The Blog

The Yellow Menace

The police could make intersections safer with longer yellow lights. But the city wouldn't make any money that way. Part 2 in a series.

11:00 PM, Apr 1, 2002 • By MATT LABASH
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But by the late '90s, that standard had been steadily eroded by altogether shaving off clearance time, lowering yellow light intervals by as much as a third, which often leaves the motorist stranded in the dilemma zone. To make matters worse, the ITE, which in 1985 was still recommending yellow lights be lengthened to help clear intersections, now, with the advent of red light cameras, offers that "enforcement can be used instead."

The real-world translation here is that according to 1976 practices, an 80-foot-wide intersection with a 35 mph approach on a 2.6 percent downhill grade would warrant a five-second yellow light interval. But according to 1999 formulas, it is considered acceptable to allot the same intersection a 4 second interval. A second might not seem like much. Consider, however, that even automated-enforcement cheerleader Richard Retting of the Insurance Institute for Highway Safety concedes that yellow-light increases decrease the chance of red-light running incidents. Likewise, Retting's studies show that of drivers classified as "red light runners," 80 percent enter an intersection less than a second after a yellow signal has turned red.

The ITE recommendations, of course, weren't carved in stone at Mt. Sinai. Rather, they're published in scarcely read traffic manuals. But increasing yellow-light intervals at problem intersections is certainly easier, if not more profitable, than starting red light camera programs. Extending yellow times has proven successful, even if cities don't publicize it. In San Diego, where even the police chief was caught admitting that at many red-light-camera intersections, accidents have increased, the nation's bloodiest skirmish over red-light cameras has played itself out in court, revealing all sorts of city/contractor chicanery. There, lawyers representing motorists found the city planting a red-light camera at an intersection where no accidents had occurred for years. But that didn't stop the camera from generating 2,000 citations per month, until engineers realized the yellow light was more than a second too short. When they increased it, the number of citations dropped to fewer than 300 per month.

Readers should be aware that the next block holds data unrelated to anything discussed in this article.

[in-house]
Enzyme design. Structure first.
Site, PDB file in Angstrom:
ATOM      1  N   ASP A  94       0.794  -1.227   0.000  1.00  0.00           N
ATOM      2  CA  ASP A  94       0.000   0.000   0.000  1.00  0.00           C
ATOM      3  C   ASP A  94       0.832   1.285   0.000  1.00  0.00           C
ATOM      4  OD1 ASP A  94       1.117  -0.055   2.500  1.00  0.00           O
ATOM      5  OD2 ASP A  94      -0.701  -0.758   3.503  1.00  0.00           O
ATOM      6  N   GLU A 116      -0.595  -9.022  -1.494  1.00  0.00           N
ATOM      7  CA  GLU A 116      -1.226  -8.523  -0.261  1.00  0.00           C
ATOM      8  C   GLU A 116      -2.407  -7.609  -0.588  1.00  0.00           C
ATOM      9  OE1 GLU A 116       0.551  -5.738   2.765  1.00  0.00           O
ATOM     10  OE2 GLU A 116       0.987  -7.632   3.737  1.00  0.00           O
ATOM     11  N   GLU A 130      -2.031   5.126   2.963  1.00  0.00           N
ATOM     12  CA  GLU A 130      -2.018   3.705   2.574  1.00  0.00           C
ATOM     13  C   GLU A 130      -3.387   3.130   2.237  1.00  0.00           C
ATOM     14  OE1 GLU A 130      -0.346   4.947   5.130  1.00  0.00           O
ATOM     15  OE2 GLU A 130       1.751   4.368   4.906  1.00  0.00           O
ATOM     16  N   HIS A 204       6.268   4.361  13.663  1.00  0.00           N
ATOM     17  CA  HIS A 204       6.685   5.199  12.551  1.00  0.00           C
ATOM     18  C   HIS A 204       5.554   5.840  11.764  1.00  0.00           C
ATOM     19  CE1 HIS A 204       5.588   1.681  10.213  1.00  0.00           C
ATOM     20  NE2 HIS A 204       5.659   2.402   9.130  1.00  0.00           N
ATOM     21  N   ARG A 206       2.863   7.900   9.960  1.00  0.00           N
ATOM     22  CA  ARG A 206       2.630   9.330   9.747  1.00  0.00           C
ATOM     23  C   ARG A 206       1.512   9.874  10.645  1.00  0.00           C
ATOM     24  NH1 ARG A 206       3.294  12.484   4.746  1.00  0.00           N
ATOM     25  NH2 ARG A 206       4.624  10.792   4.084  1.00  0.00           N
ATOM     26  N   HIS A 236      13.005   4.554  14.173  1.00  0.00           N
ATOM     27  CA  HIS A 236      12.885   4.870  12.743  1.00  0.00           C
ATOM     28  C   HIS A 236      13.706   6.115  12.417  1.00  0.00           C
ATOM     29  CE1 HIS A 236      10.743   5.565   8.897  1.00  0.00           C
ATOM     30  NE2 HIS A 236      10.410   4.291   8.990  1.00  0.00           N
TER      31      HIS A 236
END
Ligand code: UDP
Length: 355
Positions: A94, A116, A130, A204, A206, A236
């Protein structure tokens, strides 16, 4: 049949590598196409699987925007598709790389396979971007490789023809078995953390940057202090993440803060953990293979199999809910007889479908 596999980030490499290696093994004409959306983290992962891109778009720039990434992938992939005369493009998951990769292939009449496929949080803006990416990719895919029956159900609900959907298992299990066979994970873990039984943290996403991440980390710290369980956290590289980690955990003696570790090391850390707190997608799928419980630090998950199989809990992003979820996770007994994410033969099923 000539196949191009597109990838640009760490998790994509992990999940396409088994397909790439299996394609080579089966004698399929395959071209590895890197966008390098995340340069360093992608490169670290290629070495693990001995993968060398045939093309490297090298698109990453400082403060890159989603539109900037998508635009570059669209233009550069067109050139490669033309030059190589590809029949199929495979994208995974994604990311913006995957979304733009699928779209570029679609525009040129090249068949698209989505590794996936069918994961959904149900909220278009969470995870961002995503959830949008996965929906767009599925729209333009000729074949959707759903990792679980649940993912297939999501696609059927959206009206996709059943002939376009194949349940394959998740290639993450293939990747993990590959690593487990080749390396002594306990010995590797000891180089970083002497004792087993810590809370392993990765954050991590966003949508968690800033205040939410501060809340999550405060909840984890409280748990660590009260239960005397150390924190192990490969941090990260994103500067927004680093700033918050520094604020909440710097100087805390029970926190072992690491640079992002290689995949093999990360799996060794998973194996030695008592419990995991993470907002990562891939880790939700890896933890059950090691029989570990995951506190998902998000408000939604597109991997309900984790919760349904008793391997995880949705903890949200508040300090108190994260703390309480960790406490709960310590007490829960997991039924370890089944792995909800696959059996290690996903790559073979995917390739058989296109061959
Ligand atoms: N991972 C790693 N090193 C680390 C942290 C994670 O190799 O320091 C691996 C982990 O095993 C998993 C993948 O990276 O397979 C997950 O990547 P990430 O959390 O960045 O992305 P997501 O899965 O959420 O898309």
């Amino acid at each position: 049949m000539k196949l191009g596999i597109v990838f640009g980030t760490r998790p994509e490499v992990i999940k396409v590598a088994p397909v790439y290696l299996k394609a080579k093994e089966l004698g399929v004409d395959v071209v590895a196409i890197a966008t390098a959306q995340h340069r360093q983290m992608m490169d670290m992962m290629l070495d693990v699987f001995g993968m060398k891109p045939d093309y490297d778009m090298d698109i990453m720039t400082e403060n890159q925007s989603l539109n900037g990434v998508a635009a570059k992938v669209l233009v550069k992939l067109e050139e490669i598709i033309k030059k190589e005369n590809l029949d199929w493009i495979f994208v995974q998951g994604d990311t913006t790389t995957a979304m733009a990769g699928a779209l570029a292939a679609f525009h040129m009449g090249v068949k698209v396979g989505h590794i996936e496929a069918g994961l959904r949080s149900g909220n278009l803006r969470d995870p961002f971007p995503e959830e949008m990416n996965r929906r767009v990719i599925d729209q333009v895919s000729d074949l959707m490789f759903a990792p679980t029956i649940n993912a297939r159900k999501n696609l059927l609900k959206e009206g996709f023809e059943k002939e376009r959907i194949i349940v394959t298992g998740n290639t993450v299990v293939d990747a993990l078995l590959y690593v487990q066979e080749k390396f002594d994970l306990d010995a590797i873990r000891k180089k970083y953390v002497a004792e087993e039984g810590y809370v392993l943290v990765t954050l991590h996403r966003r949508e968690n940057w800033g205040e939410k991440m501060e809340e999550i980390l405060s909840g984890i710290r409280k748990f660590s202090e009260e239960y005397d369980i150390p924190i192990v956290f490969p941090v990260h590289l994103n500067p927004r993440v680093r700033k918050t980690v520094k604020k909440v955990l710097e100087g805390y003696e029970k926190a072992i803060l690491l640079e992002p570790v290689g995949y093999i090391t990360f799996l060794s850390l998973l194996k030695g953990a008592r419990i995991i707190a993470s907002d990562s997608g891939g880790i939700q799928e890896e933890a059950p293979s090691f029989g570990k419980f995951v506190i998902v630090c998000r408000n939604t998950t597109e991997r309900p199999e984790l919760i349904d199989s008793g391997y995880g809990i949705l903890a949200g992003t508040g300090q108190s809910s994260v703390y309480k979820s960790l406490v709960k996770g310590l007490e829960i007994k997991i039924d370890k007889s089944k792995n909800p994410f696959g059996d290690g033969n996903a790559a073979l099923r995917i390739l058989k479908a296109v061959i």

Local police departments that employ automated technology, of course, perpetually stress that their sole concern is reducing accidents. It's curious, then, what happens when you start checking just what steps they have taken to do so. When I asked the District of Columbia's Department of Public Works for a list of yellow-light times at camera intersections, almost all reported a 4-second interval. But ITE standards permit extending yellow lights up to 6 seconds. Keeping in mind that these are supposed to be trouble spots, I inquired about the last time these intervals had been changed. "Years and years ago, maybe never," one employee said. Likewise, though cities are typically coached by contractors to place cameras at heavy-volume intersections (generating more tickets), statistics from the same office reveal a noticeable shortage of red-light cameras at the city's most dangerous intersections. Of the top 10 high-crash intersections for the two years that preceded the District's installation of 39 cameras in 1999, the 1997 figures show four of the top 10 (including 2 of the top 3) did not warrant red-light cameras (even though one of them accounted for two of the only three reported deaths). Additionally, 7 of the top 10 high-crash intersections for 1998 didn't rate cameras--even though they were installed just a year later.

In other cities, the percentages are even worse. In Charlotte, North Carolina, WBTV found their safety conscious officials failed to install cameras at 23 of the highest-crash intersections. And in San Diego, the Red Light Camera Defense Team, a consortium of pro bono lawyers representing motorists against the city found that 12 of the 19 red-light camera intersections had three-second yellow intervals, and that Lockheed Martin IMS--our old friends from D.C.--had sought out intersections with high traffic volume, short yellow cycles, and downhill approaches--the kinds of intersections that citation-happy police officers used to call "cherry ponds" or "duck patches." What the lawyers didn't find was any evidence supporting officials' claims that their program, like D.C.'s and Charlotte's before it, was "about safety." Not a single one of the city's 19 cameras was operating at one of its highest-accident sites.

Tune in Wednesday for Part 3: The Safety Myth